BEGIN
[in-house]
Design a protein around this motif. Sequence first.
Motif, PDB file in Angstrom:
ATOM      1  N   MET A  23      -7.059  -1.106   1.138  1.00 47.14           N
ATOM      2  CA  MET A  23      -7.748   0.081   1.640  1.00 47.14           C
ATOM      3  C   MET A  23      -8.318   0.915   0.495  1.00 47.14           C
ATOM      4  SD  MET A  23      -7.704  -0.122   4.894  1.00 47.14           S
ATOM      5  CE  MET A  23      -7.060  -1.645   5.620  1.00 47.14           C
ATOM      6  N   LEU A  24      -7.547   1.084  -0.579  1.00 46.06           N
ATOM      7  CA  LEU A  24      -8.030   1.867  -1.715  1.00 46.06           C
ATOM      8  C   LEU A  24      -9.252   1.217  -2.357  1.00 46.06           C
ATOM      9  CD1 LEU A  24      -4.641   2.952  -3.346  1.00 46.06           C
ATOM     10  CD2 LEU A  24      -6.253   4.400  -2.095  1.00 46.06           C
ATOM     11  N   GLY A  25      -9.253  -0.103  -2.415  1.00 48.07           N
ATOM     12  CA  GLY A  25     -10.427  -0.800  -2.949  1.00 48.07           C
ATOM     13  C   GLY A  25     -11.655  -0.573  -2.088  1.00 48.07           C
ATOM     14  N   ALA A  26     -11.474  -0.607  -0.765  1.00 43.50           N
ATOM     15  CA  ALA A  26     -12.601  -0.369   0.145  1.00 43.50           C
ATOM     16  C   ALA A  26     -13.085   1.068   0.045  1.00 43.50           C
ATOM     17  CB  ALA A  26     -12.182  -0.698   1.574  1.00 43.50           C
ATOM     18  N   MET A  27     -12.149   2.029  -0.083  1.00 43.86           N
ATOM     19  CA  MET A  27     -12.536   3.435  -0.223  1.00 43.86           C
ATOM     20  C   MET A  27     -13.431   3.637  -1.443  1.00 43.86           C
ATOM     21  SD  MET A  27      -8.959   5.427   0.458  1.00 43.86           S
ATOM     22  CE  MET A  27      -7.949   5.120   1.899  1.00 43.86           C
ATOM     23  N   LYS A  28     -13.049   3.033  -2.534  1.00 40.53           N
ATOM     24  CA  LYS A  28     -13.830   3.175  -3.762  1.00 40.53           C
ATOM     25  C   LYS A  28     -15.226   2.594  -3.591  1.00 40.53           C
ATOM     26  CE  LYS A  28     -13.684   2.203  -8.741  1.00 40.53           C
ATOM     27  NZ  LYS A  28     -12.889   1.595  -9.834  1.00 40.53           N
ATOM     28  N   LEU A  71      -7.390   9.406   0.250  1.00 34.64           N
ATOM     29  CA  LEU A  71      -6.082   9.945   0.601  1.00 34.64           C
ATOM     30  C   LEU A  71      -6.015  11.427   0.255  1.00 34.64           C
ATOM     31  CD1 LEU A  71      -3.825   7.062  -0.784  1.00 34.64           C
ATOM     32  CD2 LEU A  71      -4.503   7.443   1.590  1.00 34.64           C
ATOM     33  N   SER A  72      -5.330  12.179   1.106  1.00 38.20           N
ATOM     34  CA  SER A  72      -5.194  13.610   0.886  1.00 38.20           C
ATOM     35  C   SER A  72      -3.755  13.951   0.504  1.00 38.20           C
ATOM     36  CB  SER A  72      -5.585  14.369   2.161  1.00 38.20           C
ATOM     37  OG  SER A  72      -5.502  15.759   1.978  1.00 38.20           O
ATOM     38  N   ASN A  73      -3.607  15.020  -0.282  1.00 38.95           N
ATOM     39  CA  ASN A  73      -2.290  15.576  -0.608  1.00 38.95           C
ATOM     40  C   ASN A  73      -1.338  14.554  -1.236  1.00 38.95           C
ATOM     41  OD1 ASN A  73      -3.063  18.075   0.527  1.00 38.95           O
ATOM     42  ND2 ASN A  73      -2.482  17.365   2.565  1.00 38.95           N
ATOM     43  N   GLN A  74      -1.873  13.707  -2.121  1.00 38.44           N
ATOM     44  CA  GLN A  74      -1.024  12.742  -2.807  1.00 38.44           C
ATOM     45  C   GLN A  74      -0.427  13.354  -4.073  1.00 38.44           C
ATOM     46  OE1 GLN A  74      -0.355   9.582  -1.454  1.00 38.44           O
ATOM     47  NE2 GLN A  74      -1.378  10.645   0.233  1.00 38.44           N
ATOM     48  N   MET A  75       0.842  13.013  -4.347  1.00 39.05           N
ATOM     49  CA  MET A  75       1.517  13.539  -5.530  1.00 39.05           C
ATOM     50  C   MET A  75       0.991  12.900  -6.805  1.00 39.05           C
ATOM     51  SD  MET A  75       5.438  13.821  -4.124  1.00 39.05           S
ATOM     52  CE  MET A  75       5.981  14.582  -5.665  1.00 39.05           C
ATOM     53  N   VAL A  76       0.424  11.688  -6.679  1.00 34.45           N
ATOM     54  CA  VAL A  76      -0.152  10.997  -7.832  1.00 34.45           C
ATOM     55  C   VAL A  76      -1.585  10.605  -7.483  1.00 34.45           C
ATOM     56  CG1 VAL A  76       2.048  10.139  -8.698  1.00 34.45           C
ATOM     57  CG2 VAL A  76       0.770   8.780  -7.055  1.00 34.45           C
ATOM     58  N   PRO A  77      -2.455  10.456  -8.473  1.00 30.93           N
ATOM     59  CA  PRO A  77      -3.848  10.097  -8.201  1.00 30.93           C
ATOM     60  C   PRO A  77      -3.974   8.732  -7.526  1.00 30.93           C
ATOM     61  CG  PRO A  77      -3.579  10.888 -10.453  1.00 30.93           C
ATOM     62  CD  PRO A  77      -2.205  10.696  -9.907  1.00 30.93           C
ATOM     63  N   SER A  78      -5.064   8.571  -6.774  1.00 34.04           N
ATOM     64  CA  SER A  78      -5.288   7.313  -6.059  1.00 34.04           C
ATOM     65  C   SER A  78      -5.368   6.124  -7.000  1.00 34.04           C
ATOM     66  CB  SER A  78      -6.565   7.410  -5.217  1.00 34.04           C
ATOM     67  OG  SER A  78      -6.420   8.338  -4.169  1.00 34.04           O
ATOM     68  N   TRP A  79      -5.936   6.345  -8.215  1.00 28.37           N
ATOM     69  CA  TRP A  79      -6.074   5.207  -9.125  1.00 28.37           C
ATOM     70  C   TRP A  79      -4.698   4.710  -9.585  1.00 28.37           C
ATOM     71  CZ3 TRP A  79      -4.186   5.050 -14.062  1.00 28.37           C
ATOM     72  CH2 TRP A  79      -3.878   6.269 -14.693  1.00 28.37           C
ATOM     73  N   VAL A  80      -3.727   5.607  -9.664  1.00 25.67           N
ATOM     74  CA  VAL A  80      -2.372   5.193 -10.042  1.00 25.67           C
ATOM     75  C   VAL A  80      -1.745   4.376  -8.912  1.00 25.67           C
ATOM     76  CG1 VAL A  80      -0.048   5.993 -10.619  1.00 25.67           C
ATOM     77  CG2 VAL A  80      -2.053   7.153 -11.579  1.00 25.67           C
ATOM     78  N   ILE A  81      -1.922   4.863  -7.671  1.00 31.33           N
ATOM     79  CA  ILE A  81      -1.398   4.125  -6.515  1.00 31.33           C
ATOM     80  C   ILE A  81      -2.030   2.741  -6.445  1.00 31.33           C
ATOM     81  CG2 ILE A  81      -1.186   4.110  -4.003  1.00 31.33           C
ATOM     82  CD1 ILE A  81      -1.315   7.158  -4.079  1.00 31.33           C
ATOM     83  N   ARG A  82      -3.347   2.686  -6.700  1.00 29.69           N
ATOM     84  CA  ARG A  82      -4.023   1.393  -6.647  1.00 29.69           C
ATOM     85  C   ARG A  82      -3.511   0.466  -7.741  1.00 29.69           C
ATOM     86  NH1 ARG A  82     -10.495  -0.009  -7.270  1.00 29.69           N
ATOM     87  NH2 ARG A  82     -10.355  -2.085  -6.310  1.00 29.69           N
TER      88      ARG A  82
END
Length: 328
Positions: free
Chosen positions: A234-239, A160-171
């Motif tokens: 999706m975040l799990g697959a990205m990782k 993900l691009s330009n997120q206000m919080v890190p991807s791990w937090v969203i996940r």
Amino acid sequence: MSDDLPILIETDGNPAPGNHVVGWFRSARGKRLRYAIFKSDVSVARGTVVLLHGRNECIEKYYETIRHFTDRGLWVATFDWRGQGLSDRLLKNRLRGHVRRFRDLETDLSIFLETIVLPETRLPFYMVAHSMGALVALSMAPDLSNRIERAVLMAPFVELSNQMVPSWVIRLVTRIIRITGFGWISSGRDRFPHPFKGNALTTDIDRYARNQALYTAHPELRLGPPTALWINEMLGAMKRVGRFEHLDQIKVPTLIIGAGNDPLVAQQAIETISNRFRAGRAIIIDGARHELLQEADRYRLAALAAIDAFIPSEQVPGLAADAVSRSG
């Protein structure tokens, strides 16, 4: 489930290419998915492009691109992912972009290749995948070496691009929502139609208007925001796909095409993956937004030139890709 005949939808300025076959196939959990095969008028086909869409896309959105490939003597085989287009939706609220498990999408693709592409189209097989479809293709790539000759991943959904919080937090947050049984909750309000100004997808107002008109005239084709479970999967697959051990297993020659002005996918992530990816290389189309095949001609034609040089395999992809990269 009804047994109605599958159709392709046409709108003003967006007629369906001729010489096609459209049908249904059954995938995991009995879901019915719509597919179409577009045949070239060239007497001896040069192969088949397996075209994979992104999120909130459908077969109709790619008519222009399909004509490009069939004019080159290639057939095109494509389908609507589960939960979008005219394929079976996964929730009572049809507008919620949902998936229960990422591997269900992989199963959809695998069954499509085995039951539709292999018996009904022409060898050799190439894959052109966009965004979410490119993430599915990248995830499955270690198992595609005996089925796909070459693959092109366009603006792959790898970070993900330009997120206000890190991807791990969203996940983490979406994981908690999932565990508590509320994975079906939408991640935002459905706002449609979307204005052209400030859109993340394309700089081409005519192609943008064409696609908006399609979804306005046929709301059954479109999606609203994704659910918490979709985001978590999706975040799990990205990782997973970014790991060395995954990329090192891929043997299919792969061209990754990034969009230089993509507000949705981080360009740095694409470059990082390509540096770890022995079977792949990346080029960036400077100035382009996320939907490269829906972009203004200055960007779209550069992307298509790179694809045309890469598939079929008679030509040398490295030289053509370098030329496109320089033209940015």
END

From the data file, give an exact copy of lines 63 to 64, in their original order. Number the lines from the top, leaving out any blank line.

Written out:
ATOM     60  C   PRO A  77      -3.974   8.732  -7.526  1.00 30.93           C
ATOM     61  CG  PRO A  77      -3.579  10.888 -10.453  1.00 30.93           C